Which is why I was kinda looking forward to The Corbert Report. I viewed the show as a chance to extend one that I have wished numerous times was an hour long. However, I've been generally disappointed. Powazek echoes my thoughts in his Letter to Stephan Corbert. (Highlight: Steve, lemme ask you a question. You know how sometimes, on Saturday Night Live, they do a sketch with some dumb joke that goes on way too long? So long that, by the end, the audience is only laughing because they think it'll make them stop?)

Tuesday, October 18, 2005

Unholy intergalactic sexual congress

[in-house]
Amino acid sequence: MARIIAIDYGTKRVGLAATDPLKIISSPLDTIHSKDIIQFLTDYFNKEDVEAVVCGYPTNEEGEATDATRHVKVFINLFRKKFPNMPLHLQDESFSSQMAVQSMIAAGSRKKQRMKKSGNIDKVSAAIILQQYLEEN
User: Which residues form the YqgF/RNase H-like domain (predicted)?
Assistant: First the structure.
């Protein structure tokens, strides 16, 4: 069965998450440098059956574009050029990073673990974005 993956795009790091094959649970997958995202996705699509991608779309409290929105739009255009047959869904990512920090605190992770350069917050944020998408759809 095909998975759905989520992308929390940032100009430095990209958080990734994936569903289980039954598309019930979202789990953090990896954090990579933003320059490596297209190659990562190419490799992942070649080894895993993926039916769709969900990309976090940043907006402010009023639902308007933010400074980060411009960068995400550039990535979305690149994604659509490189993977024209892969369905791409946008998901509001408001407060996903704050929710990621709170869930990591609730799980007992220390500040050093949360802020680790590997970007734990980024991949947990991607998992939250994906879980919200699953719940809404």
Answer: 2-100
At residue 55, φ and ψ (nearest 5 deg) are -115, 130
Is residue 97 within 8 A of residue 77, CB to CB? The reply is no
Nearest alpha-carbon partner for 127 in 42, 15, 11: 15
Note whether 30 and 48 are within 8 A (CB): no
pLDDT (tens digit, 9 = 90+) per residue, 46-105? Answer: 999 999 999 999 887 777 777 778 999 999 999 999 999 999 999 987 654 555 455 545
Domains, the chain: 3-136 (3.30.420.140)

Knowing full well that finding my shoe size in a department store, or even at a shoe-specific retailer, is a bit of a crap shoot, I approach sales clerks fully loaded, shoving 9 or 10 shoes into their eagerly awaiting arms (there are always one or two that I adore, but years upon years of shoe shoppping have taught me not to let my hopes get too high). They are eager to please until I tell them the size (11) at which point their faces fall and they head to the stock room for a rather lengthy search. They may return with a pair or two, maybe in a different color than I've requested. They may come out and, with a semi-hopeful but mostly deflated smile, offer a smaller size (which, I can tell you, is not an option when we're talking about heels). More often then not, they come back, throw their hands in the air and simply shake their heads. I don't really get disappointed anymore--it's a game we play--the internet has done wonderful things for large- (and small-) footed shoe buyers. And, before you start thinking about, or laughing at my "freakishly large" feet please note that I could easily begin a shoe exchange with Paris Hilton-- a bit In Her Shoes, but that is neither here or there.